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Pole position: Novel energy storage project wins CEA Centre of Excellence award

July 27, 2018

Photo: Joseph Howarth.

The Centre for Urban Energy’s pole-mounted energy storage project, a collaboration with Toronto Hydro, eCAMION and the Ontario Ministry of Energy, has been recognized by the Canadian Electricity Association (CEA) at a ceremony at Parliament Hill in Ottawa on May 29.

The project has been included, external link, opens in new window in the CEA’s new Centre of Excellence, external link, opens in new window, which is dedicated to celebrating innovative projects from coast-to-coast-to-coast that are positively impacting the lives of Canadians and shaping the country’s collective energy future.

Gary Thompson, supervisor of engineering, generation and capacity planning at Toronto Hydro and one of the project’s leaders, picked up the award from Sergio Marchi, president and CEO of the CEA.

Left to right: Kim Rudd, Parliamentary Secretary to the Minister of Natural Resources; Sergio Marchi, President and CEO of CEA; Gary Thompson, Supervisor of Engineering, Generation and Capacity Planning at Toronto Hydro; Chrystine Tremblay, Deputy Minister of Natural Resources Canada.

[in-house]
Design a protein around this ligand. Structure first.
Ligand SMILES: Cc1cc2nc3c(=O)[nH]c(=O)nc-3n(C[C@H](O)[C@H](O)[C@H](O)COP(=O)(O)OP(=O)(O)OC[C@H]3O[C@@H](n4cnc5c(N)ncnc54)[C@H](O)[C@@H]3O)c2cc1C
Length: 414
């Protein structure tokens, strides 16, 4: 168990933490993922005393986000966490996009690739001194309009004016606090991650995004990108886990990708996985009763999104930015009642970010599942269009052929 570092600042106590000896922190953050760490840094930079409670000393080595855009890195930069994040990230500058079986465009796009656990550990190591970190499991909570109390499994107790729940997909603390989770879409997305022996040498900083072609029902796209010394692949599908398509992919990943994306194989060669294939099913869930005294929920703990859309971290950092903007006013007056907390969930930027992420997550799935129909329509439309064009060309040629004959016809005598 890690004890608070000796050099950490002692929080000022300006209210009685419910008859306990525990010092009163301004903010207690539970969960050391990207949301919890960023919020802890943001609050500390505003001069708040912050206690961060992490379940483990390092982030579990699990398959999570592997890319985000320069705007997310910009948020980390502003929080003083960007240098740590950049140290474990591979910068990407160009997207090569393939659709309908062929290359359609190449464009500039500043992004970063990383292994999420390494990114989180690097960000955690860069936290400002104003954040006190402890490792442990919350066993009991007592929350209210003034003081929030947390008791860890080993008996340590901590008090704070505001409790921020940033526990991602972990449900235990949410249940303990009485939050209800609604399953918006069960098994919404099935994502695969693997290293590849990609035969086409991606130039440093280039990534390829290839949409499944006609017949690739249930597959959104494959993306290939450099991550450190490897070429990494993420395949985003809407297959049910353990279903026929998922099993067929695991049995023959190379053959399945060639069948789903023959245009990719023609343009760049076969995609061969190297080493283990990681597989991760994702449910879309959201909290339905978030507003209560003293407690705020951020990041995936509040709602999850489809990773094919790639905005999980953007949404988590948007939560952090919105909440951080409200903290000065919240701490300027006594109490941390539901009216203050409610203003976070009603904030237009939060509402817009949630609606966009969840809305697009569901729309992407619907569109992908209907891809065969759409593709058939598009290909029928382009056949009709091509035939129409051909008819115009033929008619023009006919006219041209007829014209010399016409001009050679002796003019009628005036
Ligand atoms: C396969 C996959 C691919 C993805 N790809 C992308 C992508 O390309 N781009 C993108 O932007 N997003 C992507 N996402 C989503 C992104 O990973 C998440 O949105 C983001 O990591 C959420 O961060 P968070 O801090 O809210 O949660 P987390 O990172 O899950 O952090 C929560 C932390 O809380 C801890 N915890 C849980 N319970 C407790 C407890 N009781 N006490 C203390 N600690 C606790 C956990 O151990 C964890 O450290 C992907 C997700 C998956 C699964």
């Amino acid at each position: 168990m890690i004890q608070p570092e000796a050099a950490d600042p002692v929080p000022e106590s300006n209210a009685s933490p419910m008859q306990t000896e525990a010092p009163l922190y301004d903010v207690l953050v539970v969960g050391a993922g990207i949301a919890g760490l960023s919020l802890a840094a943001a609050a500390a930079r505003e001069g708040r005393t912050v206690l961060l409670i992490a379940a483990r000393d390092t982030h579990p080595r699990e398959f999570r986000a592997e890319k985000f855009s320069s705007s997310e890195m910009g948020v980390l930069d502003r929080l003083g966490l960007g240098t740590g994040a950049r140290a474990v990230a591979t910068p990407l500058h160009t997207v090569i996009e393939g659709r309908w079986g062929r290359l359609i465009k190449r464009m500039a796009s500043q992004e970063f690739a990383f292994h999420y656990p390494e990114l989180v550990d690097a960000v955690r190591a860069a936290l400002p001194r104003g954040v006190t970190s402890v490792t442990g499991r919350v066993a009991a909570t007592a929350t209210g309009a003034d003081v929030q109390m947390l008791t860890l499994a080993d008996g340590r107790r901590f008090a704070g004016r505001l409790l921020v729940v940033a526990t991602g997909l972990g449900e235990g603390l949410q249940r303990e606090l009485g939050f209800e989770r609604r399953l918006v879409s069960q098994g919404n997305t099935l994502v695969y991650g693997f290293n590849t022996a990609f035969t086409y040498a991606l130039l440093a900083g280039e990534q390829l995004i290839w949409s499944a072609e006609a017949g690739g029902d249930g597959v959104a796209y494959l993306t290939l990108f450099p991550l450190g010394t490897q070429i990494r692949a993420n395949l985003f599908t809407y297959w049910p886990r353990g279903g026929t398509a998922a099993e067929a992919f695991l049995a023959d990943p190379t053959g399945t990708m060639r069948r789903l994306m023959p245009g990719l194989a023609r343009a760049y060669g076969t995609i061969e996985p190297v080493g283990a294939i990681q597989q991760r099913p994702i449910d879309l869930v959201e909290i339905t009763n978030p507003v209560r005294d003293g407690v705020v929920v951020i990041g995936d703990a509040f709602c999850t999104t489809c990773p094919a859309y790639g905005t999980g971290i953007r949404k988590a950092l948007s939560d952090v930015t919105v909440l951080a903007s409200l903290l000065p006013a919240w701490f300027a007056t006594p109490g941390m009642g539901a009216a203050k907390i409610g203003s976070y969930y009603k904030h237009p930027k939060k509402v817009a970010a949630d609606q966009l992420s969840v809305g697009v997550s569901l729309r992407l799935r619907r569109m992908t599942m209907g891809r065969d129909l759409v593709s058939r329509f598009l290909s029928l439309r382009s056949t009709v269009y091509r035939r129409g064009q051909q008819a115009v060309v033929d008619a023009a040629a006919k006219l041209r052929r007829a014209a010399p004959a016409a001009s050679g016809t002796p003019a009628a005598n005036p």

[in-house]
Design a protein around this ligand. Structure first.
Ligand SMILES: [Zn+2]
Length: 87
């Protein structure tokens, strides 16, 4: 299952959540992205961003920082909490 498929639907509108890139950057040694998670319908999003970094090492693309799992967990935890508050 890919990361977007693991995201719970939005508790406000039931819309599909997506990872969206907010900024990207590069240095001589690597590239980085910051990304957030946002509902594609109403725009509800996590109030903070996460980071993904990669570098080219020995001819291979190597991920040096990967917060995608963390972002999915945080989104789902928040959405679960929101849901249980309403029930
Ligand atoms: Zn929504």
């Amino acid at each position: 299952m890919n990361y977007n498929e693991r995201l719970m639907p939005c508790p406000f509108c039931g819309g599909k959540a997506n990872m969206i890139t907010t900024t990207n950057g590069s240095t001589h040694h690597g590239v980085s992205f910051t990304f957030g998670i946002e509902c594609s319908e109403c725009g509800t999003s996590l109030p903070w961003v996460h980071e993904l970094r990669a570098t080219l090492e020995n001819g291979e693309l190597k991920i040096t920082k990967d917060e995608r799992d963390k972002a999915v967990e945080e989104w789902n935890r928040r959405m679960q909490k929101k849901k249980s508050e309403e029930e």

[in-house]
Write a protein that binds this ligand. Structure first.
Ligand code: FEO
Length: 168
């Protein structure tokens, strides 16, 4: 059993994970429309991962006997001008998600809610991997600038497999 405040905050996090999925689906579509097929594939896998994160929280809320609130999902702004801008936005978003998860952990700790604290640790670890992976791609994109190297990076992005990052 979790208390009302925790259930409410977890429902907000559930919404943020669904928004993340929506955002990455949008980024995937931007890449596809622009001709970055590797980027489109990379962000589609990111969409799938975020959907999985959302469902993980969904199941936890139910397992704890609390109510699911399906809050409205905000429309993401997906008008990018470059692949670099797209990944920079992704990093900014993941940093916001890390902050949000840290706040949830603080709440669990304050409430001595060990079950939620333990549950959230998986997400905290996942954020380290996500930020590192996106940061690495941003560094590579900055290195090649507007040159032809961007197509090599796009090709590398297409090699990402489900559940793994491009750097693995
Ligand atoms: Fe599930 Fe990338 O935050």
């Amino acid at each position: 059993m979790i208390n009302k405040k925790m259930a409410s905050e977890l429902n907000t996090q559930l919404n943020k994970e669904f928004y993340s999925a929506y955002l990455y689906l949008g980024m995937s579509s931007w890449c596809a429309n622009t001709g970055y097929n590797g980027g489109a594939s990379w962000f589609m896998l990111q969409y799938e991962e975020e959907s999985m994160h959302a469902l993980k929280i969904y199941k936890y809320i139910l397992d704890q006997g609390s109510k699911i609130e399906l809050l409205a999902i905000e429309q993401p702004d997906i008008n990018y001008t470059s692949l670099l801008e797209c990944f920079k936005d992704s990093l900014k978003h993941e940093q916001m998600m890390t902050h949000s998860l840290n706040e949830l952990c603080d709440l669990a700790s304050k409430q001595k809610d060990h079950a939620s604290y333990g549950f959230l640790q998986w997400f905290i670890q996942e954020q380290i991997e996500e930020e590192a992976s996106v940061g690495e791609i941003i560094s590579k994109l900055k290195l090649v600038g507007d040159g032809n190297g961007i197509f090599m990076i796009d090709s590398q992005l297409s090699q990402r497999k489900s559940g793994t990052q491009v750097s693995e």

The energy storage system, the first of its kind anywhere in the world, stores energy during off-peak hours and releases power as needed. The unit’s smart controller was developed by Centre for Urban Energy researchers before being put into service on the Toronto Hydro network in August 2016 using eCAMION battery technology. The project was funded in part by Ontario’s Smart Grid Fund.

The project was originally originally unveiled by Glen Murray, former Ontario Minister of the Environment and Climate Change, in November 2015.

The pilot continues to run and, if successful, it could become a standard that’s rolled out with all new installations on the over 175,000 poles across the city. To learn more about the project, check out the video below. 

"The energy storage system, the first of its kind anywhere in the world, stores energy during off-peak hours and releases power as needed. The unit’s smart controller was developed by Centre for Urban Energy researchers before being put into service on the Toronto Hydro network in August 2016 using eCAMION battery technology. The project was funded in part by Ontario’s Smart Grid Fund."